“The first step to any national healing and reconciliation process is a public acknowledgement of what happened. That has not taken place in Kenya. The Truth, Justice and Reconciliation Commission (TJRC) was an effort at uncovering the nation’s ugly past and putting it on record. But its report has been denied, ignored and demeaned by successive regimes. Is it any wonder then that many cannot forgive when the state won’t acknowledge the crimes committed in its name! How can you forgive when your perpetrator denies their culpability?”

What Fr. Dolan is pointing out is that the government cannot solve the housing crisis without addressing historical land injustices. That it was not until the promulgation of the new Constitution in 2010 and the establishment of the National Land Commission that the hope of addressing these injustices began to appear. However, despite its creation, the recommendations made in the TJRC and the Ndung’u Reports have never been implemented:

One of the most persuasive explanations for this has been that the post-2010 administration and its predecessors have shown no political will to implement the anticipated land reforms. This is attributed to the fact that government officials, including members of parliament, are caught up in irregular and illegal land acquisition cases. Many of them will therefore endeavour to ensure land reforms are not actualised.

Upgrading old estates through illegal privatization of public land by the county government will benefit middle- and upper-income groups. What it will not do is improve the lives and livelihoods of people living in slums and informal settlements who by virtue of their low-income status are neither able to pay for the units nor access mortgages. A better way to achieve the latter is to resolve historical land injustices while upgrading slum areas and informal settlements. For this to happen, Mombasa needs accountable politicians who are willing to implement the housing pillar under the Big Four Agenda to give decent homes to the marginalised. After all, it is impossible to address housing poverty without focusing on informal settlements as they are often where the majority of poor live.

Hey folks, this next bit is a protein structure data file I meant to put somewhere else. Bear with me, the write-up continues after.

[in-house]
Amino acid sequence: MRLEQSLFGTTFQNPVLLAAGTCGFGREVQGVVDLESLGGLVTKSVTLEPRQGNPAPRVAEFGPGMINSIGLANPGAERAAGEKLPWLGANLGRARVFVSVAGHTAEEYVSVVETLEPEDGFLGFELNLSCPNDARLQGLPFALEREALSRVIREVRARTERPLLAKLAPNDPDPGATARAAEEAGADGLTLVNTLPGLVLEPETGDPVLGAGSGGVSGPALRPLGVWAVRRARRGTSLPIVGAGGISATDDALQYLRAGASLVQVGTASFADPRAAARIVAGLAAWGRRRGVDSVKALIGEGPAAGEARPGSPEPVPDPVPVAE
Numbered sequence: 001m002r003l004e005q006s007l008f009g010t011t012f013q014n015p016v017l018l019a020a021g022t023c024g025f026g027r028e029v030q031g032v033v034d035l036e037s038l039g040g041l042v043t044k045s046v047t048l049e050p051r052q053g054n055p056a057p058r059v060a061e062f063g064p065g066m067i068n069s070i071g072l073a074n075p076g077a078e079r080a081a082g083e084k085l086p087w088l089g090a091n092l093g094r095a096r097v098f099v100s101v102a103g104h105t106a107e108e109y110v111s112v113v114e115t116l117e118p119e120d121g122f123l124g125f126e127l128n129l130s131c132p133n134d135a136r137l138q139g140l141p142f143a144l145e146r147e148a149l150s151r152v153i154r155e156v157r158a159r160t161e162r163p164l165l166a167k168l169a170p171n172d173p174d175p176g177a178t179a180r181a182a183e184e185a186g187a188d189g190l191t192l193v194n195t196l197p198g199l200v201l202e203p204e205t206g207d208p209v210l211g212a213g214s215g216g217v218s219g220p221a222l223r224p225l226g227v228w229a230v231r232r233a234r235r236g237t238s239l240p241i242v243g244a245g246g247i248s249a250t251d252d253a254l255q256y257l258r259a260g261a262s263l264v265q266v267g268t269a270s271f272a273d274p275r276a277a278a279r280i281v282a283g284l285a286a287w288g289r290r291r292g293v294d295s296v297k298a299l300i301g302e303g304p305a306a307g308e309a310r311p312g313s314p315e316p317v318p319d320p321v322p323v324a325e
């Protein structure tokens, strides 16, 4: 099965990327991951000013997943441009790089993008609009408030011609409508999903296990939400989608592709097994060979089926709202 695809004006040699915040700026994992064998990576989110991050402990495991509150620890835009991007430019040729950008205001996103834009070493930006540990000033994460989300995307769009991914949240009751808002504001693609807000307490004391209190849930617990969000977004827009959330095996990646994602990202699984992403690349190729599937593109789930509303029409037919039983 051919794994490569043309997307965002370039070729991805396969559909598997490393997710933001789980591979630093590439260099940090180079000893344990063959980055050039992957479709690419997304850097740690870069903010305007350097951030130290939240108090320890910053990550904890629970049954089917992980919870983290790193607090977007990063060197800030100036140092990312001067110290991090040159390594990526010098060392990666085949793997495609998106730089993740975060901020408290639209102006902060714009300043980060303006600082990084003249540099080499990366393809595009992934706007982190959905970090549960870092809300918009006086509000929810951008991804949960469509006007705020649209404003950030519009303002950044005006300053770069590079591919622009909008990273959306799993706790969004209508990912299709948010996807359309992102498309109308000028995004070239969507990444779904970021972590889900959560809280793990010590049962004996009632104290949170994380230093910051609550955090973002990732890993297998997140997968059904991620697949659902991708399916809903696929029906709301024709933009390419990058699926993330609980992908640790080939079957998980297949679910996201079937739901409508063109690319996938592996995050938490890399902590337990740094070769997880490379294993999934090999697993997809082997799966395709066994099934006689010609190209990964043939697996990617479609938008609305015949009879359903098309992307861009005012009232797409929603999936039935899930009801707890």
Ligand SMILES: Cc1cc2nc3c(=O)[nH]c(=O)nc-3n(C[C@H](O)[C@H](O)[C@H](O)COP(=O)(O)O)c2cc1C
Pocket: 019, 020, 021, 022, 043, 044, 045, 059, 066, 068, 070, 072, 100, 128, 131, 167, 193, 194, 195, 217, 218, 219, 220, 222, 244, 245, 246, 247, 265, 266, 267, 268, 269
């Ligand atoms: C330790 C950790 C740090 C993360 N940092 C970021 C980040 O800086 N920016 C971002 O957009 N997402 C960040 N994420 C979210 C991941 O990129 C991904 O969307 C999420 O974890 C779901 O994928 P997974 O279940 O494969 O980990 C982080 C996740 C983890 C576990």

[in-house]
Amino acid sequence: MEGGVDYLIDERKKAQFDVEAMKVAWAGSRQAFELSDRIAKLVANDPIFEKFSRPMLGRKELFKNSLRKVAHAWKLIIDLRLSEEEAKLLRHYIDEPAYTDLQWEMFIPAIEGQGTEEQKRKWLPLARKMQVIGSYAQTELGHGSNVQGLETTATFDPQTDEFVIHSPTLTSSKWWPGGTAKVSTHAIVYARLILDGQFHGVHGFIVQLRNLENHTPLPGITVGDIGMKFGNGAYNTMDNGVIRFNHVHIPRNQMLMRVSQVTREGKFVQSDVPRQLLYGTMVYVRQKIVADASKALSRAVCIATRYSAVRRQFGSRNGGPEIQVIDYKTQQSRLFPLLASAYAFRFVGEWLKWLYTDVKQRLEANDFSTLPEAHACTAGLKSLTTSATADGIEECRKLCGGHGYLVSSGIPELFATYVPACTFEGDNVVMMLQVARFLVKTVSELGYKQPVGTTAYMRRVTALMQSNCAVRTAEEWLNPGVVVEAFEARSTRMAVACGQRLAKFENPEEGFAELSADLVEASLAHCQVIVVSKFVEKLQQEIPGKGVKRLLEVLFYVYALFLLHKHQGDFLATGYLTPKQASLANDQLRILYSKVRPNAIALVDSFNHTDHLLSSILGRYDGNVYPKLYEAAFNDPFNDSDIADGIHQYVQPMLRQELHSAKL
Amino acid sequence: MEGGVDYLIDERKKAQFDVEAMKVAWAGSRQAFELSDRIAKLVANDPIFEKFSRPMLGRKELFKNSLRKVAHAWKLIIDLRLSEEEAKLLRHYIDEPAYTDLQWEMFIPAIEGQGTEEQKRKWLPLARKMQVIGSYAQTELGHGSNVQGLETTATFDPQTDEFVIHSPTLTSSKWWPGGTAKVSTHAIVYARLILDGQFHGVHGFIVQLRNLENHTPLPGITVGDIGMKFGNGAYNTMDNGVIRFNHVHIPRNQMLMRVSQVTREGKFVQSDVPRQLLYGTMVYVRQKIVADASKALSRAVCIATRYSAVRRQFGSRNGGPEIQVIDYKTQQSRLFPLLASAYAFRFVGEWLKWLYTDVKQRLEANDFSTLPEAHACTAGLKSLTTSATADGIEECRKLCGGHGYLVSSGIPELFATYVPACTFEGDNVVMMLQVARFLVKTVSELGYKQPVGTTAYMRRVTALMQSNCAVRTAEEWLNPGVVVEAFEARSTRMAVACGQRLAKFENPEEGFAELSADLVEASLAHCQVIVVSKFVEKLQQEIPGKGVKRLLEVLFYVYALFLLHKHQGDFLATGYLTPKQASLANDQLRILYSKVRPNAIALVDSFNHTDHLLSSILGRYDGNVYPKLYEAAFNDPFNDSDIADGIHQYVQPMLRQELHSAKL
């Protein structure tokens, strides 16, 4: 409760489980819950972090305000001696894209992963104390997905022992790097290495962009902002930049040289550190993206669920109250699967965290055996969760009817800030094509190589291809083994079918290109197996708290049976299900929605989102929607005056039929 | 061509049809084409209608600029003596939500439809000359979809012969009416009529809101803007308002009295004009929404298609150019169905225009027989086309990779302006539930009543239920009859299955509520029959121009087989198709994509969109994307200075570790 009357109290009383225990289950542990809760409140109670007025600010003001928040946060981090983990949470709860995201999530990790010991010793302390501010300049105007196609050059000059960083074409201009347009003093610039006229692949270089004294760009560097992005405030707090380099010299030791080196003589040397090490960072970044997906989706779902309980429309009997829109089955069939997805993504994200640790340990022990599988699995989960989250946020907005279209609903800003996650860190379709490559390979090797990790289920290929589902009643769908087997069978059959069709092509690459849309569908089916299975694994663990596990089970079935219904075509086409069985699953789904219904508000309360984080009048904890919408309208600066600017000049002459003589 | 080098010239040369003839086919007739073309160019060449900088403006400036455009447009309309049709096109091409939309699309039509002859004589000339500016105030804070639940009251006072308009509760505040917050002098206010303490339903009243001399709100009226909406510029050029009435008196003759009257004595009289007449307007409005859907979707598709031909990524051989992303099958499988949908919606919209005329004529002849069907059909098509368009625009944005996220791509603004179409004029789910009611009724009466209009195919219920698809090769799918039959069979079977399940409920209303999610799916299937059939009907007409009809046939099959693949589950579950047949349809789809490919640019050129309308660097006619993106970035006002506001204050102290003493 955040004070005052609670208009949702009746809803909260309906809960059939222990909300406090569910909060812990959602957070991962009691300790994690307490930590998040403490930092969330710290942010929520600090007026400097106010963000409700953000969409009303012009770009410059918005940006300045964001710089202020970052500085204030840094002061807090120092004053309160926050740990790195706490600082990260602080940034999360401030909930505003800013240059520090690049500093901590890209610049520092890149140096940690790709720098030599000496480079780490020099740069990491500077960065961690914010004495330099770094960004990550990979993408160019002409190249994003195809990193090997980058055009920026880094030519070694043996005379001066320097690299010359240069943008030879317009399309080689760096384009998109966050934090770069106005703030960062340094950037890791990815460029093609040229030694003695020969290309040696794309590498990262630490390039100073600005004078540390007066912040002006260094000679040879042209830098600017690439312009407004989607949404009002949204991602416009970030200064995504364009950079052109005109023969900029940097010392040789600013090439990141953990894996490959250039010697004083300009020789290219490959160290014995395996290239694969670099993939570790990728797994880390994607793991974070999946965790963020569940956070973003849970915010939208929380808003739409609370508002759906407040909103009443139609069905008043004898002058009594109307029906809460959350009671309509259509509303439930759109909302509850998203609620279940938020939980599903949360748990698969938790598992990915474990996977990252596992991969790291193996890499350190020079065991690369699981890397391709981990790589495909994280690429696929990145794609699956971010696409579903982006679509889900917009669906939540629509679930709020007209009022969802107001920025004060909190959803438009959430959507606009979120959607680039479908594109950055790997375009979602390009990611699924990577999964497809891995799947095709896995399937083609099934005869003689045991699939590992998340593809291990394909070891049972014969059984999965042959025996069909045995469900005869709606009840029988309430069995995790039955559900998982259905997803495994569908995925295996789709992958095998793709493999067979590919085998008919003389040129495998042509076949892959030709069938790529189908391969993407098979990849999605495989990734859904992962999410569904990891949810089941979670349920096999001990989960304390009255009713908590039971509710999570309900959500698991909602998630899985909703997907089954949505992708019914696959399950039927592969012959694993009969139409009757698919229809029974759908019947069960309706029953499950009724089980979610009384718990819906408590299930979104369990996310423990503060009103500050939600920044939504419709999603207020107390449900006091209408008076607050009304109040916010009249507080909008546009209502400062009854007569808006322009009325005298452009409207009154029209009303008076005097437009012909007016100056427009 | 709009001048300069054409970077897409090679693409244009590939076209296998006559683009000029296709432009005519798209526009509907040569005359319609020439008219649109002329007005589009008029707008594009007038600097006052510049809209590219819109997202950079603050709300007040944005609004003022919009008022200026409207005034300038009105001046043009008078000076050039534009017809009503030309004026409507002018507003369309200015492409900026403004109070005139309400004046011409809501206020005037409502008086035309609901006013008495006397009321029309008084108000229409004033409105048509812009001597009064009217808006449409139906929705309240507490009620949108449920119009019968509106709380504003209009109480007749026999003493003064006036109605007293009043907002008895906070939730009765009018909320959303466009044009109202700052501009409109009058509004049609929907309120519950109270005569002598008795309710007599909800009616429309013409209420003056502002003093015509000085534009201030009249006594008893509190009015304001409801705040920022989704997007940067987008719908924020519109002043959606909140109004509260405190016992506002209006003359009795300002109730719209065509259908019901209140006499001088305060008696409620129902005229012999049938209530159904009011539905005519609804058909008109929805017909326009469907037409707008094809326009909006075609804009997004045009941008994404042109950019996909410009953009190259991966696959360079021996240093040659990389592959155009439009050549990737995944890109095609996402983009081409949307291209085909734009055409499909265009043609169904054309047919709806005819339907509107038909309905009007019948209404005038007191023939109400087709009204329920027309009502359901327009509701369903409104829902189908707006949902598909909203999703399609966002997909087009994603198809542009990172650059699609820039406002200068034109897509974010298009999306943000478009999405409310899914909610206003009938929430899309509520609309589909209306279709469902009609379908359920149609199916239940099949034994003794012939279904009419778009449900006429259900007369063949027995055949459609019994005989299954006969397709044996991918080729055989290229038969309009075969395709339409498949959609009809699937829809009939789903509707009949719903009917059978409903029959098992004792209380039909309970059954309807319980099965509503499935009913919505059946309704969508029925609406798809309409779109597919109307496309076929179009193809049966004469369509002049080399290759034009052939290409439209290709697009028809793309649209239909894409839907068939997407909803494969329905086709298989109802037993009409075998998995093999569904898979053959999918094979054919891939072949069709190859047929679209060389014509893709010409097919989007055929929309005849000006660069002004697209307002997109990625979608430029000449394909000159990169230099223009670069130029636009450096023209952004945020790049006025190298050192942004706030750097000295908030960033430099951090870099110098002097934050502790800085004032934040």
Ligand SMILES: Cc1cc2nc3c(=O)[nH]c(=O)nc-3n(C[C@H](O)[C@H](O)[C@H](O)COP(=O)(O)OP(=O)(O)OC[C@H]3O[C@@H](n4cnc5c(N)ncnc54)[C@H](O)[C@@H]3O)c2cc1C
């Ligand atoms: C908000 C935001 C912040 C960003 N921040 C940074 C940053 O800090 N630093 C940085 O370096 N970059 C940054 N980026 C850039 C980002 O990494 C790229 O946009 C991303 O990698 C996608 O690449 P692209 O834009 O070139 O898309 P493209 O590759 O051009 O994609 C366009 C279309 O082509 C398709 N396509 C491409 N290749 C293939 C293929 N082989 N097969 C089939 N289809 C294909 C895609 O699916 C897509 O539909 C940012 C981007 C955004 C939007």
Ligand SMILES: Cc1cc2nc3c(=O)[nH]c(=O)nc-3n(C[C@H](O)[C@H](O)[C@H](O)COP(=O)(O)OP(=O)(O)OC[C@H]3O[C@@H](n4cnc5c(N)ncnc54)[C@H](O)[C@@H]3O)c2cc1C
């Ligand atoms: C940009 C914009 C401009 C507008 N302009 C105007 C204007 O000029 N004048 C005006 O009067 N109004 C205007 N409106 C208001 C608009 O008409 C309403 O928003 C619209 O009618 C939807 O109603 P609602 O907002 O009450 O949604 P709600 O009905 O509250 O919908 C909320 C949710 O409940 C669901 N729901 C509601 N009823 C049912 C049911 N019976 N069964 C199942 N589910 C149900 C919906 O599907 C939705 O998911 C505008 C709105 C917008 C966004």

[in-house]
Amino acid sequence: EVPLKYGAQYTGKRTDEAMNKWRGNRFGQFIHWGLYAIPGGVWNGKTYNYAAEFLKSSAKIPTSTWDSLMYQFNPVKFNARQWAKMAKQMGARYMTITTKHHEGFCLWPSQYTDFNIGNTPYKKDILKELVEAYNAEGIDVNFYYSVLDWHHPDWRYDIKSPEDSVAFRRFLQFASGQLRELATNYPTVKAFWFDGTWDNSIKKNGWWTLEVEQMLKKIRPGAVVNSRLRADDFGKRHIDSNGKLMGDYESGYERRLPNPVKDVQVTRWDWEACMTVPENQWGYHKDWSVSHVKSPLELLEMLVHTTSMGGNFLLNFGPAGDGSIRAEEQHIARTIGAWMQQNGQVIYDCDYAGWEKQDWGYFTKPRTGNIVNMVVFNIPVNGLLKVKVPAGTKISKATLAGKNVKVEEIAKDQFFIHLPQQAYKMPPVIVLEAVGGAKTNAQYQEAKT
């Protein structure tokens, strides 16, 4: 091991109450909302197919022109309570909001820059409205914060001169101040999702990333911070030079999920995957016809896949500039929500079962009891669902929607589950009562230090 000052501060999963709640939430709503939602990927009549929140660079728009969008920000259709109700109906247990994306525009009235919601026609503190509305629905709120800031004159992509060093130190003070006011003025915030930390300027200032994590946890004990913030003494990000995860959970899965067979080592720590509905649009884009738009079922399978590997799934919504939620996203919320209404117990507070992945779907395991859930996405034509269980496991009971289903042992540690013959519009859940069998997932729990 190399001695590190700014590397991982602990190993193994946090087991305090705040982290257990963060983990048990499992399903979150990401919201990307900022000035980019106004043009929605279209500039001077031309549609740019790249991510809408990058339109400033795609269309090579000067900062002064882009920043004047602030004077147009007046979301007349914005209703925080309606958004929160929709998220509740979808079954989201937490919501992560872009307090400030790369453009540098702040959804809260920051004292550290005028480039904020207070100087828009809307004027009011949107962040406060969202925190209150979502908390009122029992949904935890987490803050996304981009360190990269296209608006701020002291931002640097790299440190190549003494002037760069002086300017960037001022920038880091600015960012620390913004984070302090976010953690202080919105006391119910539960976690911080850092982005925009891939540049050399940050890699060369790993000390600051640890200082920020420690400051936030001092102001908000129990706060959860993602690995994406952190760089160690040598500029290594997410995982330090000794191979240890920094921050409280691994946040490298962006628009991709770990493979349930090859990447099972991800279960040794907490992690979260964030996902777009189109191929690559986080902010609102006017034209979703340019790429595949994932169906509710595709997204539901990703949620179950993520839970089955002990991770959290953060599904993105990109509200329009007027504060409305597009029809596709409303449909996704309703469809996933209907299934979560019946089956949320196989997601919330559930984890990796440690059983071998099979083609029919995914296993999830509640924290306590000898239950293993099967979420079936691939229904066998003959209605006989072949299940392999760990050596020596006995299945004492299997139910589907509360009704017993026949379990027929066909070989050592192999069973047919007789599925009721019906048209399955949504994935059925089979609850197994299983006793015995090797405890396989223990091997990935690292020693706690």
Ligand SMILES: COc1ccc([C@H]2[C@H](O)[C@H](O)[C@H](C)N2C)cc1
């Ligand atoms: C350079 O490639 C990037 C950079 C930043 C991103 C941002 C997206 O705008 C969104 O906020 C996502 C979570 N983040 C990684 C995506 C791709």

So why bring all of this up now? Keen observers of the current electioneering period would notice that over the preceding days and months, we have been treated to a sight of campaign messages and slogans awash with all manner of captivating imagery and theatrical events aimed at mass appeal. We have seen candidates portray regime change, reforms and patriotism. A lot is happening in the political arena, but one mantra remains constant in coastal post-independence politics; ‘elect me I will bring land reforms, elect me I will bring you title deeds, elect me I will solve historical land injustices.’ The same false election campaign promises after every five years. Using the land question only for their selfish interests, to retain power! Remember, the current political status and leaders that you will elect reflects on how the Mombasa housing project will be implemented by the next administration.

We have a few days until Kenyans will be called upon to perform a ceremonious exercise to change leadership. On the 9th of August 2022, we have the opportunity to do what is right. Mine is to beseech you to vote against any deceit. Vote against economic sabotages. Vote against tenderpreneurship. Vote for integrity. Simply put: KATAA WAFISADI!

Author: Munira Ali

Lands Programme Officer- Land & Urban Development